US state's Internet law is subject of lawsuit

A Georgia statute restricting free speech in cyberspace has become the target of a lawsuit filed by a coalition of free-speech advocates.

A Georgia statute restricting free speech in cyberspace has become the target of a lawsuit filed by a coalition of free-speech advocates.

The American Civil Liberties Union, Electronic Frontiers Georgia, a Georgia politician and others filed suit in a Georgia federal district court yesterday hoping to block a Georgia law which makes it a crime to use a name which "falsely identifies" a user on the Internet.

The Georgia statute, which became law on July 1, also prohibits the use of trade names and logos in a way that falsely implies that they have been granted permission to use them, according to the ACLU.

The plaintiffs' main objection to the law stems from its lack of explicitness, says Scott McClain, co-counsel working with the ACLU on the case and a lawyer with Bondurant Mixson Elmore in Atlanta. "A lot of the problem with the law is its vagueness," McClain says.

For instance, if people sign on to America Online and use a pen name, as many do, "that seems to be prohibited by the statute," McClain says.

The law also affects people using companies' logos as links to other sites. For example, Electronic Frontiers Georgia, one of the plaintiffs in the case, currently has a news advisory on their Web page about a recent rate increase by telecommunications provider BellSouth, according to McClain. The advisory also presents a BellSouth logo which, if clicked, takes the user to BellSouth's Web site, where they can express their opinion about the rate increase, he says. Under the new law, Electronic Frontiers Georgia could potentially be sued for falsely implying they have obtained permission to use the logo, McCain says.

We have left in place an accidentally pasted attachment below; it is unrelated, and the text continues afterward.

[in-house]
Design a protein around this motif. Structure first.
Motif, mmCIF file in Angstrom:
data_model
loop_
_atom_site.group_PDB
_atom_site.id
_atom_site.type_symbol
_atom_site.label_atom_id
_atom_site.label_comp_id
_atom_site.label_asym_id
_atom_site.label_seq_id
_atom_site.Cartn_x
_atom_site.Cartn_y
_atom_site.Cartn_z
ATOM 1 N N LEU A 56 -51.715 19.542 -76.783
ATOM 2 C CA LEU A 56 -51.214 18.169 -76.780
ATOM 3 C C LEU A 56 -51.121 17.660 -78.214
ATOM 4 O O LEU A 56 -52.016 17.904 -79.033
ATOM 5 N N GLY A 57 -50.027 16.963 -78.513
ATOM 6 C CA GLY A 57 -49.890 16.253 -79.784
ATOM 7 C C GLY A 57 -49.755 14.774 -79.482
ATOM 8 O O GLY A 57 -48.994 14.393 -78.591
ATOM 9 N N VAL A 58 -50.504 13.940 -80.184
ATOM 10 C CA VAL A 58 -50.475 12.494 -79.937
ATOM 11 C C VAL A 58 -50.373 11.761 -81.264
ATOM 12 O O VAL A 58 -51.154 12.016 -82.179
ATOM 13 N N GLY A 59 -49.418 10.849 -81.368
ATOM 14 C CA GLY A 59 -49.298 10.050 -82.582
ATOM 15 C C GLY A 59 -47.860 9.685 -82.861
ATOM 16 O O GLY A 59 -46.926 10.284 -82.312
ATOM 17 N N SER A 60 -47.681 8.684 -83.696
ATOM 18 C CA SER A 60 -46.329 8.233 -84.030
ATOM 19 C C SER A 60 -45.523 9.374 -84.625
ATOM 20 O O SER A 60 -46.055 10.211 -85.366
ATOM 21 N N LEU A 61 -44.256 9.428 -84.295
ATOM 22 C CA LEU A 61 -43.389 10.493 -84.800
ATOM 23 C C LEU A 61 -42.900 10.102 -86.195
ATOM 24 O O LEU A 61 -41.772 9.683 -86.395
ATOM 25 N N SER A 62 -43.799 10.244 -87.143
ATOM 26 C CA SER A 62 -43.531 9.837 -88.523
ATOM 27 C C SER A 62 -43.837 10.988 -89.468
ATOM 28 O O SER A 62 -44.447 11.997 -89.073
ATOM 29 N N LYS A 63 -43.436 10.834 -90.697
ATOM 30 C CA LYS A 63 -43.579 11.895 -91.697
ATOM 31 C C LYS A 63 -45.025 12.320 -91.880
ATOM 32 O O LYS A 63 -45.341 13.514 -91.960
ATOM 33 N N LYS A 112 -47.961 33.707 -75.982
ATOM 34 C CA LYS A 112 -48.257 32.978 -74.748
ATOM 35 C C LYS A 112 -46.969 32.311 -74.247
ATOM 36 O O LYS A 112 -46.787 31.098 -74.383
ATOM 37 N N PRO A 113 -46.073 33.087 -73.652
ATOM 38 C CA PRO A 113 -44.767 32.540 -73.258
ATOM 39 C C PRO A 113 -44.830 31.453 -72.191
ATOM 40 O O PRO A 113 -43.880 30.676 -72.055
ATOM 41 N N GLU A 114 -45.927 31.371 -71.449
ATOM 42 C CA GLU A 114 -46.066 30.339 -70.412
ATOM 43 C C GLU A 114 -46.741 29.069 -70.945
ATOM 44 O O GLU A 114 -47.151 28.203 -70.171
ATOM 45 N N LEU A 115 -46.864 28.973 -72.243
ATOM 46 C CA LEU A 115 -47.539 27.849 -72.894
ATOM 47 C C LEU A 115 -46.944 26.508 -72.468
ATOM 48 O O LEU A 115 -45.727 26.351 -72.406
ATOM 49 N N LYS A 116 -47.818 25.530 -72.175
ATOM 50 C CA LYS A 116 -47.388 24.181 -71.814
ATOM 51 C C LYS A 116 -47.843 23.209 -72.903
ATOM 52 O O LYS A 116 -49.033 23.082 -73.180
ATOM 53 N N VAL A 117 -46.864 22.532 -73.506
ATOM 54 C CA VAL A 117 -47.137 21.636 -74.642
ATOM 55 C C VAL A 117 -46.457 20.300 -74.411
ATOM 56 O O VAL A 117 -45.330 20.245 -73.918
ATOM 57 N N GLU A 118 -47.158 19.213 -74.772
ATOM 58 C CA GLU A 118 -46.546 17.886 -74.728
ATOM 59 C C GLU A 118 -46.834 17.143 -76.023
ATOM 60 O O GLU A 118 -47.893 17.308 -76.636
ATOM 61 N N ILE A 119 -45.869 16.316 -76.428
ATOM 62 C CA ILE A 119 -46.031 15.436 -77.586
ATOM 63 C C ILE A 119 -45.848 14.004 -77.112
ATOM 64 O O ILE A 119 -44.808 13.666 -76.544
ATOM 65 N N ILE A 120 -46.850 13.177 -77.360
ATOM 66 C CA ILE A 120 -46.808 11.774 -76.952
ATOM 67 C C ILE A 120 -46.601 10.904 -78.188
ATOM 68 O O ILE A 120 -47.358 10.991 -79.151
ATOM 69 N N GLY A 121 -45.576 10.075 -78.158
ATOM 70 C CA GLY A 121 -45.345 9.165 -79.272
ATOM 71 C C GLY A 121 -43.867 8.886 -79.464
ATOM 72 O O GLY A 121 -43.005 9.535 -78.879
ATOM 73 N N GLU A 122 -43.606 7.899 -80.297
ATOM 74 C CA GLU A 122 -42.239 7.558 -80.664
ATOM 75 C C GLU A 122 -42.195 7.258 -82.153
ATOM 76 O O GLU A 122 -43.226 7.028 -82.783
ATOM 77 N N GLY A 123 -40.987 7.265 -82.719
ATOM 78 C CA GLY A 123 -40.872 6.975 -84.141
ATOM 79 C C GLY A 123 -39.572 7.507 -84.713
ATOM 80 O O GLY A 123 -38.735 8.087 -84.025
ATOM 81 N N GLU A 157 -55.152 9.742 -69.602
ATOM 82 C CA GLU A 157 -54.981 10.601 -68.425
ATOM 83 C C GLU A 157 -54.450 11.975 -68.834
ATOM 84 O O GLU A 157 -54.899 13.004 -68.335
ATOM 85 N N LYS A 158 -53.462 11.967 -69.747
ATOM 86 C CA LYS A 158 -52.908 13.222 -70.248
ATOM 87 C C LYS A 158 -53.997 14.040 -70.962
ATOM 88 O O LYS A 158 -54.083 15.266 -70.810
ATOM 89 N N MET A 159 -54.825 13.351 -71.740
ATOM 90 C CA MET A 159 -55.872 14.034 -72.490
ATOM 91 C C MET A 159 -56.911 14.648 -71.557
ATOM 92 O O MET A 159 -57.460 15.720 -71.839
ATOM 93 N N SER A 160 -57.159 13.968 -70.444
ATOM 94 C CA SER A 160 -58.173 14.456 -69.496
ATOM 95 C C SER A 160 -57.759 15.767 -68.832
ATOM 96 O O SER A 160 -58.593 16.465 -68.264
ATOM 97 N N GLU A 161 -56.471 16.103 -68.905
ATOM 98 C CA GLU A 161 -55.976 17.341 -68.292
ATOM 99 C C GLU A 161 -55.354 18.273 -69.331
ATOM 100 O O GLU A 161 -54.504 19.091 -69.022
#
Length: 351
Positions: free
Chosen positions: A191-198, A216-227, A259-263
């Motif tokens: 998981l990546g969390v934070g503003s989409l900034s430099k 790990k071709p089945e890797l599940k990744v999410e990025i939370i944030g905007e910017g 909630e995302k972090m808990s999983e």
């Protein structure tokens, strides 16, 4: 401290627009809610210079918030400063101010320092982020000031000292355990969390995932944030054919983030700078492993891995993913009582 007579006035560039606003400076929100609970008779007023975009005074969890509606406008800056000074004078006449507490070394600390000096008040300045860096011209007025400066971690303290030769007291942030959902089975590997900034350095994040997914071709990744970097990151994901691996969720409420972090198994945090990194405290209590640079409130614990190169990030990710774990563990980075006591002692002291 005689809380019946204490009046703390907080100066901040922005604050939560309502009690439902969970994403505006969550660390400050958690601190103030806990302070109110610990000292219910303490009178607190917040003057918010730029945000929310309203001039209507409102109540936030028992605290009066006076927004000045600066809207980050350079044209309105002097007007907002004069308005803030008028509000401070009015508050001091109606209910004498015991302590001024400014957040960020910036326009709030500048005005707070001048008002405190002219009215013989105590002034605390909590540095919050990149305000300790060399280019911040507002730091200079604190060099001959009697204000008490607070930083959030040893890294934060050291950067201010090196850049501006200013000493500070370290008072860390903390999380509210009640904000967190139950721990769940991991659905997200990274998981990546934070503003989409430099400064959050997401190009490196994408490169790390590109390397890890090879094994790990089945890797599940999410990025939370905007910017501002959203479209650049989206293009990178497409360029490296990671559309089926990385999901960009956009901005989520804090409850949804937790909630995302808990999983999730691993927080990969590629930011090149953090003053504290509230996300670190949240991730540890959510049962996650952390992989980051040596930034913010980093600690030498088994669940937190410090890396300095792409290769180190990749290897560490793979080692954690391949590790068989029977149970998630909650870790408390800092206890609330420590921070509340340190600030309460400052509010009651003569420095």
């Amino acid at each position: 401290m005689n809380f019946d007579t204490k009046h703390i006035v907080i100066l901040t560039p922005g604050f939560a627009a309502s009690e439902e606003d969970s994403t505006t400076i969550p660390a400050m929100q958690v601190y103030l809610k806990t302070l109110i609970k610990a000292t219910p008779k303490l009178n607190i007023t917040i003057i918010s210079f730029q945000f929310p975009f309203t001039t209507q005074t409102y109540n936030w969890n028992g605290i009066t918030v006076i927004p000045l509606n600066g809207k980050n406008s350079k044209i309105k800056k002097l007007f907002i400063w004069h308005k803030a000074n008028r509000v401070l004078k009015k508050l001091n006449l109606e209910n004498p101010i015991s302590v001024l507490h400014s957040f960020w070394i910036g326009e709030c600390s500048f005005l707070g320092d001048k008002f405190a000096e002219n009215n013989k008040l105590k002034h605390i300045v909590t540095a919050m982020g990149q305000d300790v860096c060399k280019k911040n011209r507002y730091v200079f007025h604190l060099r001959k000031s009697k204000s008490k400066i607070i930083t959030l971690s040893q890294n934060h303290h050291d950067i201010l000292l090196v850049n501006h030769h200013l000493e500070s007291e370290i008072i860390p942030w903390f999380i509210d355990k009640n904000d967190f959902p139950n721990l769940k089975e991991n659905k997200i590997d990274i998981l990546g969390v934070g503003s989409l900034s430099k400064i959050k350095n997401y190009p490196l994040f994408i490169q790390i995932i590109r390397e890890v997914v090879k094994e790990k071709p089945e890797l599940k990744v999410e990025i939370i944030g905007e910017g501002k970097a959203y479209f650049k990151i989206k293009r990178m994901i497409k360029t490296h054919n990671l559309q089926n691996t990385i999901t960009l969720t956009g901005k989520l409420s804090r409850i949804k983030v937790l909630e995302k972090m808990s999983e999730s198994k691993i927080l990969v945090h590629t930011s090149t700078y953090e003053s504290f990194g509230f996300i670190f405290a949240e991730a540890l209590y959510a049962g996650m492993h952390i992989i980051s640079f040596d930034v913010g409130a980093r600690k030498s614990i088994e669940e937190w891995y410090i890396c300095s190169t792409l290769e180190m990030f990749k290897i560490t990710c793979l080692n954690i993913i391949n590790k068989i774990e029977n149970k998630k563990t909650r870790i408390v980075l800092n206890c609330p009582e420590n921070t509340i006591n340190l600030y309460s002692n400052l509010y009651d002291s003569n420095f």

The law is also of concern because it has very broad extraterritorial implications, according to McCain. Rather than applying simply to Georgia residents, the law is constructed to apply to any communications that originate, end or even pass through Georgia, he says. Since people have no control over the routing of their communications, theoretically, someone sending email which electronically passed through the state could be prosecuted, McCain says.

"Whether people posting email in Singapore are going to be concerned" about being prosecuted by the State of Georgia is another matter, but they would be procecutable under this law, McCain says.

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